Bil’s rating (out of 5): B. USA, 1969. Columbia Pictures Corporation, Frankovich Productions. Screenplay by Mayo Simon, based on the novel by Martin Caidin. Cinematography by Daniel L. Fapp. Produced by M.J. Frankovich. Production Design by Lyle R. Wheeler. Costume Design by Seth Banks. Film Editing by Walter Thompson. Academy Awards 1969.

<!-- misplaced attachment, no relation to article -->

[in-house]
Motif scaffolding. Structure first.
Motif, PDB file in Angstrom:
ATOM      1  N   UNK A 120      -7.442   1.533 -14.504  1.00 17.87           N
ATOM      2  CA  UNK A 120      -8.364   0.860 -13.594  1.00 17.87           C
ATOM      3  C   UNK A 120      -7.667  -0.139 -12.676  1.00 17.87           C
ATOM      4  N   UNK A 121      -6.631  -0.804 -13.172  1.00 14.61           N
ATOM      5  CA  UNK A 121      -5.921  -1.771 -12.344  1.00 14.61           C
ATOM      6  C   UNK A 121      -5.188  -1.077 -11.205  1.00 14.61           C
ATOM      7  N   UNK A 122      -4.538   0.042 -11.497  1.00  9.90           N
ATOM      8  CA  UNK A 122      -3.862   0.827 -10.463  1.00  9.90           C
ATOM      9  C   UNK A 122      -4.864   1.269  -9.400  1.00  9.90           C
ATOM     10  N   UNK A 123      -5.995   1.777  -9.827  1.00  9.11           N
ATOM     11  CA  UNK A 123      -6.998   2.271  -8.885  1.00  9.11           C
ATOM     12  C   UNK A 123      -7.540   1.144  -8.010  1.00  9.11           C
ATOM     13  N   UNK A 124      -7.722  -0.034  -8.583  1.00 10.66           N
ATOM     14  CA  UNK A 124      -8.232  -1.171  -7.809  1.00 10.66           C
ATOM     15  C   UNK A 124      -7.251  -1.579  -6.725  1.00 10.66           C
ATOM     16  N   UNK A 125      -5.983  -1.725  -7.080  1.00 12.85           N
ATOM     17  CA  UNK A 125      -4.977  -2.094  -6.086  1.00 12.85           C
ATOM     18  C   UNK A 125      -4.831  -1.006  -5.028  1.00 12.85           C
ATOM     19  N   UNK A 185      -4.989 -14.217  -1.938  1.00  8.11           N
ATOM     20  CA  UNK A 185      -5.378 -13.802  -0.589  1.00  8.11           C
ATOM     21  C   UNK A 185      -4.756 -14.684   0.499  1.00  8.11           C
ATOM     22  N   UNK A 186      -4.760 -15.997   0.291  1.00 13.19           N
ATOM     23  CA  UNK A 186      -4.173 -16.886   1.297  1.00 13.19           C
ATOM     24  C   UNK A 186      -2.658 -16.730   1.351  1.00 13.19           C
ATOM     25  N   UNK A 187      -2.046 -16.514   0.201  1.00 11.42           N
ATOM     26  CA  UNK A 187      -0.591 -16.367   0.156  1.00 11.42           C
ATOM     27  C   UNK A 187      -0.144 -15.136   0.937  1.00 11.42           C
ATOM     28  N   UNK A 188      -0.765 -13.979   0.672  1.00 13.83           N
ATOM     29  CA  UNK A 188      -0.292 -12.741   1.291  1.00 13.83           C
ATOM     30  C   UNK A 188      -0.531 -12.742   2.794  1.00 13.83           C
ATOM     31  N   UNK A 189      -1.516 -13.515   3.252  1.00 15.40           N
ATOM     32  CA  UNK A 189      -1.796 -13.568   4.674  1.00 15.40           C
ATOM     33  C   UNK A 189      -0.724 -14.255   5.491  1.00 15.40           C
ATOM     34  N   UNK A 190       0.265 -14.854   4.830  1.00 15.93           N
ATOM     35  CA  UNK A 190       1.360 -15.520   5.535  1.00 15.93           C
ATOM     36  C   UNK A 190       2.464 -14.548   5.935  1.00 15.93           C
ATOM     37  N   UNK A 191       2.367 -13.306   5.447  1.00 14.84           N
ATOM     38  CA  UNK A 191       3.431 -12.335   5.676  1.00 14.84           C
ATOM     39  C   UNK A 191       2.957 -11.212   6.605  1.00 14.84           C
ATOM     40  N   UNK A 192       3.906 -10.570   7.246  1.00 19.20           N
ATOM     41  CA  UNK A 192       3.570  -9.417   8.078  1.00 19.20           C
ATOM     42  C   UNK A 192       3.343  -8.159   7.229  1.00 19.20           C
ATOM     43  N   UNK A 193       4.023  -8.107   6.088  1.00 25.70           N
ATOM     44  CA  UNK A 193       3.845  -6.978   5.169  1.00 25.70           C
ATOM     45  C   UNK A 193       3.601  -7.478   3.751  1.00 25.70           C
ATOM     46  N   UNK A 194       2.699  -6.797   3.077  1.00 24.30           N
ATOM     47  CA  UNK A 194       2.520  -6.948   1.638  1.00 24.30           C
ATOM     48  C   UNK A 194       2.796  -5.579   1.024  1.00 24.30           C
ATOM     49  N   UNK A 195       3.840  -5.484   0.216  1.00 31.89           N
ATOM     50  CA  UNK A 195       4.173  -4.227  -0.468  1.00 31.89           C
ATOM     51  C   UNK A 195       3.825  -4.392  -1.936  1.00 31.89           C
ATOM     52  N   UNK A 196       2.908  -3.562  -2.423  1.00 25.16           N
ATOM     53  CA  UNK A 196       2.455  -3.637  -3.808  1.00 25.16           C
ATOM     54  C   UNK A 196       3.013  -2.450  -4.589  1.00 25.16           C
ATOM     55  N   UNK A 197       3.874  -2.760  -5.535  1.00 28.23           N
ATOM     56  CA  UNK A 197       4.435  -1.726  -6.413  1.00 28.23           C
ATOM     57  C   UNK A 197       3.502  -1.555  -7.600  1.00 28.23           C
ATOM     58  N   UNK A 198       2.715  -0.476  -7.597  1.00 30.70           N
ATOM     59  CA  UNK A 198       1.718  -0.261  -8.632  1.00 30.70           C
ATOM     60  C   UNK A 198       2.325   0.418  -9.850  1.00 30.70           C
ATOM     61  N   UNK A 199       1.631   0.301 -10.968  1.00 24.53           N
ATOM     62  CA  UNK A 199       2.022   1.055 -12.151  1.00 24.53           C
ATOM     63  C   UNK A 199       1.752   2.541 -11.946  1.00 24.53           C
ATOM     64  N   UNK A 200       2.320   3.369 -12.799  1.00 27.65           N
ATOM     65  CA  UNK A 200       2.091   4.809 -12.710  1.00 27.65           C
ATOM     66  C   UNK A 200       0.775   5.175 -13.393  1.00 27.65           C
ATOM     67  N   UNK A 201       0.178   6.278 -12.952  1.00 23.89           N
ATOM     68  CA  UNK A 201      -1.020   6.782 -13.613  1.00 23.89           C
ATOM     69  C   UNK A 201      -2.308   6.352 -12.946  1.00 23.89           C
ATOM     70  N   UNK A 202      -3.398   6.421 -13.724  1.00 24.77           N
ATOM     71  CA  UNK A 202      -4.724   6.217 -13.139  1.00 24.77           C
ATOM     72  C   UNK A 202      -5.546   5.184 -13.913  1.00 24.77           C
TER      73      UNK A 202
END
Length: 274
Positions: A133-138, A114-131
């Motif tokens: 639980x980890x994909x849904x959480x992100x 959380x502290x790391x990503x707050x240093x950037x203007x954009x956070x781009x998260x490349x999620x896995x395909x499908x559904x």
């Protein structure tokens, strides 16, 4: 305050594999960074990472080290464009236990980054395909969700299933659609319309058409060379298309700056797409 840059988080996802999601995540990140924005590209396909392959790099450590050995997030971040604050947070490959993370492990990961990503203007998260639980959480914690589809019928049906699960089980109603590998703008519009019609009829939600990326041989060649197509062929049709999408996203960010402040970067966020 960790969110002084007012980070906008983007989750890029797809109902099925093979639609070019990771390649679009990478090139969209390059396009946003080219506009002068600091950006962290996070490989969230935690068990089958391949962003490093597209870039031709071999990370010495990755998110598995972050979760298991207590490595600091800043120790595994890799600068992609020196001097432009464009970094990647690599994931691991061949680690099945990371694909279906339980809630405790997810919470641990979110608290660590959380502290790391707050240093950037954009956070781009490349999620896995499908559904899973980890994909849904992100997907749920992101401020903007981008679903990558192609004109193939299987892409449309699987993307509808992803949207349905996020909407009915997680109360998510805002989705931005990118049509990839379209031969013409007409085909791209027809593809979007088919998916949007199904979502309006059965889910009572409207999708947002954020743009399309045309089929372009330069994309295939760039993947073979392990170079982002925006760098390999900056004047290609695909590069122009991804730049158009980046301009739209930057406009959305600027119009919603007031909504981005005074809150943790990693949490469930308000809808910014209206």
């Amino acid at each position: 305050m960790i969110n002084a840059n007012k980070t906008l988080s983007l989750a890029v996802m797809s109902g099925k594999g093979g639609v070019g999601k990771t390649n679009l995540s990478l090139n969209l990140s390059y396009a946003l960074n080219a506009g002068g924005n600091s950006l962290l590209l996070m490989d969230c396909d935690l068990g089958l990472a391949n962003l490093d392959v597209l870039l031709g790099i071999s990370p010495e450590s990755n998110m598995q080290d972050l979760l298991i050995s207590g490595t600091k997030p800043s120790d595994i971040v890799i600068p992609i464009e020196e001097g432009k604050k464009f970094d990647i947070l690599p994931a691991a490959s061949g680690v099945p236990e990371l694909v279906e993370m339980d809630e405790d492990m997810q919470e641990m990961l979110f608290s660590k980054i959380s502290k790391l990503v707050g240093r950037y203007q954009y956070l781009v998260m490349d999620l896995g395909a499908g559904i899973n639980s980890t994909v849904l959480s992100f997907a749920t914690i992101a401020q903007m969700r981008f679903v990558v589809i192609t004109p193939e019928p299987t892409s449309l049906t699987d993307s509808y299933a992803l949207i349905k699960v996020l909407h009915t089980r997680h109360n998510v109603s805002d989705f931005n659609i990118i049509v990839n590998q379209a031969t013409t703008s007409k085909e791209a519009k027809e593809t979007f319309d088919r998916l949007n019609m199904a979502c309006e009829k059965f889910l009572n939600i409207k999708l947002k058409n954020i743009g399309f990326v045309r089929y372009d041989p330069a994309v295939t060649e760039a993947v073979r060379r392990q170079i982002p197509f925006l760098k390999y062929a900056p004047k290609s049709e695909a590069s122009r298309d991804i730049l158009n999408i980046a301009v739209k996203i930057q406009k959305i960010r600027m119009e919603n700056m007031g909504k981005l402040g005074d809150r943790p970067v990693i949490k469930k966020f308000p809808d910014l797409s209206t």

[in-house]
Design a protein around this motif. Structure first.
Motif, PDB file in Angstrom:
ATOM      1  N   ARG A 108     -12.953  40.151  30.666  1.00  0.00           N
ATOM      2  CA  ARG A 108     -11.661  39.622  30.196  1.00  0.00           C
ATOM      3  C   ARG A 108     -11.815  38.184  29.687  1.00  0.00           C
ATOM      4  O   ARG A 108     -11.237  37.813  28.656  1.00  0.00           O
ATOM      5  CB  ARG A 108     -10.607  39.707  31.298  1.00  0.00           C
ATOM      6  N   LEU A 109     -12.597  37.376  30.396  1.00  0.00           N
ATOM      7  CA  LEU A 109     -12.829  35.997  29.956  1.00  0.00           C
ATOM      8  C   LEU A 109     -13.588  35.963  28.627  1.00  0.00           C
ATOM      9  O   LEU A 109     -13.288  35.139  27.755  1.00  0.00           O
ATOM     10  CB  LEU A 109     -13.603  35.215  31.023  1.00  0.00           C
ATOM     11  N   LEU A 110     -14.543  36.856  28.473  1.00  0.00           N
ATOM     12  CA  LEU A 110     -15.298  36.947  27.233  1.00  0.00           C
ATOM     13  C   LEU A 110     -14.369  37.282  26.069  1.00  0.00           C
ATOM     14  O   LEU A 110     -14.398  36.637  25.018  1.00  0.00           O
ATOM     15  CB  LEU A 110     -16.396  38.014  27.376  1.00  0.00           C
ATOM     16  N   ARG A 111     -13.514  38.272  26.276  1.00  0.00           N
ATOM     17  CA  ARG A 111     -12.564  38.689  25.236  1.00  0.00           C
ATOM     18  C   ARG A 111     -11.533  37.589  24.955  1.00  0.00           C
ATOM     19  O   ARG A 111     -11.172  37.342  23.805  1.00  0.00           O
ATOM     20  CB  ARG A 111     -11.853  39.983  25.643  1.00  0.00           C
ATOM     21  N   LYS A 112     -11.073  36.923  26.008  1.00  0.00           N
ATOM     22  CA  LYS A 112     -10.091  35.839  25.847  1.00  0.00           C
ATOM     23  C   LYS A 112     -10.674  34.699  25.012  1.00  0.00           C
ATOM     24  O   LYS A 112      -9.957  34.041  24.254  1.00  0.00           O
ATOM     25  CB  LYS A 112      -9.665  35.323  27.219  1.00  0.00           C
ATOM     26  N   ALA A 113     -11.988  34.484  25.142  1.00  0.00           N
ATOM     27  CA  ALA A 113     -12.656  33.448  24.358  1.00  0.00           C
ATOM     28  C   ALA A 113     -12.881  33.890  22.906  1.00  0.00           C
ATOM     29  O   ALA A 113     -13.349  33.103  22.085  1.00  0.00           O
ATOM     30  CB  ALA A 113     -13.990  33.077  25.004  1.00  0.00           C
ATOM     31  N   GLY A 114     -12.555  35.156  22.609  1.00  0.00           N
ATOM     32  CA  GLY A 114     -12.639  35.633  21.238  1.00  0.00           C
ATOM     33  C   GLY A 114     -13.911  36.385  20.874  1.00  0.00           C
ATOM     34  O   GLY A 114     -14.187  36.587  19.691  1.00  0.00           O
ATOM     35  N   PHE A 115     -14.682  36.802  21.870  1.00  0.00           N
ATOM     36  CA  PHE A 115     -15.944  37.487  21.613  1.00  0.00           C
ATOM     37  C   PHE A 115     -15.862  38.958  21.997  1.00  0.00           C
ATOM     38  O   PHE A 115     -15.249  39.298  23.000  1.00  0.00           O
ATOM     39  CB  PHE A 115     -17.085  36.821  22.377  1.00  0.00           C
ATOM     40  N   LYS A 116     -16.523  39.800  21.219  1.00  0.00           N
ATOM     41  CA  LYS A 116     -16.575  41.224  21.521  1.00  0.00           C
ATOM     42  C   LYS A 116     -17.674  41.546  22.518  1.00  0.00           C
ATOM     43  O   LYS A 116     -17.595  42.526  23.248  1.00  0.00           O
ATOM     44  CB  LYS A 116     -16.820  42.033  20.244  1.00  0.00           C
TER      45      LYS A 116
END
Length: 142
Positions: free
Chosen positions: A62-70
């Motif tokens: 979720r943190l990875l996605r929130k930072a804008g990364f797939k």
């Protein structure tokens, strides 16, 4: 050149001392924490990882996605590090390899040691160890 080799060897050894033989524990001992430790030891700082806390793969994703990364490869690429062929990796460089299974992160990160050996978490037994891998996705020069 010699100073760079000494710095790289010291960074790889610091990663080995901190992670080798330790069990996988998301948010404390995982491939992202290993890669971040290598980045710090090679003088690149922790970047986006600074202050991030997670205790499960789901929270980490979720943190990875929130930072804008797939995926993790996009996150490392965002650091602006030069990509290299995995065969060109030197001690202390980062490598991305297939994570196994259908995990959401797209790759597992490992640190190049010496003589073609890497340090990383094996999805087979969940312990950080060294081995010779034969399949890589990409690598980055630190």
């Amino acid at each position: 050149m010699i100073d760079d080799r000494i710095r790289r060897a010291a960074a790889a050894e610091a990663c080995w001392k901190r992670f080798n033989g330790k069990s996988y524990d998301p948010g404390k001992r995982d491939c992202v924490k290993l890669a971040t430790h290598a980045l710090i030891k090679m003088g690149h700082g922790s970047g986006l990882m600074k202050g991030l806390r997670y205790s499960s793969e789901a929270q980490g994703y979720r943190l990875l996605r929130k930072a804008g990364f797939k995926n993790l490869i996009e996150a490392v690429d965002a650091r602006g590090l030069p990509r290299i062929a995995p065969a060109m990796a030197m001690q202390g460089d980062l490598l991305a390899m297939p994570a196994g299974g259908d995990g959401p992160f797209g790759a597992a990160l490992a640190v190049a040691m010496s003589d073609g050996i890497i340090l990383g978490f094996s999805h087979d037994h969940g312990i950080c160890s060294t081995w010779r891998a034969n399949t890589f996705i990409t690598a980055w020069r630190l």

Some movies are so terrible it’s a wonder to behold. Three astronauts are sent into space and left to float when a malfunction puts their ship’s thrusters out of commission and leaves them coasting along the earth’s atmosphere. Their oxygen supply is running out and there’s little they can do about it, leaving it up to mission control back home (headed by Gregory Peck) to try and solve the problem. While their wives (including one played by Lee Grant) sit and worry, the men up in the sky (played by Richard Crenna, Gene Hackman and James Franciscus) do their best to stay sane but, with their air running out, are finding it hard to do. The attempt to create a bit of drama between three guys strapped into their seats in giant red helmets is admirable, but the fact that none of the scenes on earth manage to stir up the slightest bit of conflict is truly awe-inspiring. It’s probably an attempt to make a serious science-fiction film that defies the silliness of earlier movies like Destination Moon or When Worlds Collide, but a serious movie is still a movie, and the audience still needs something to actually happen at some point. When things finally do heat up, and grave danger arrives in the final third and inspires some preposterous acting from Hackman (astronauts are actually psychologically tested to make sure they won’t fold under pressure), it’s too late to really salvage the experience. The visual effects are bad even for their time, making the Academy Award very difficult to understand, but most baffling is that this was all brought to us by the director of The Great Escape and Bad Day At Black Rock.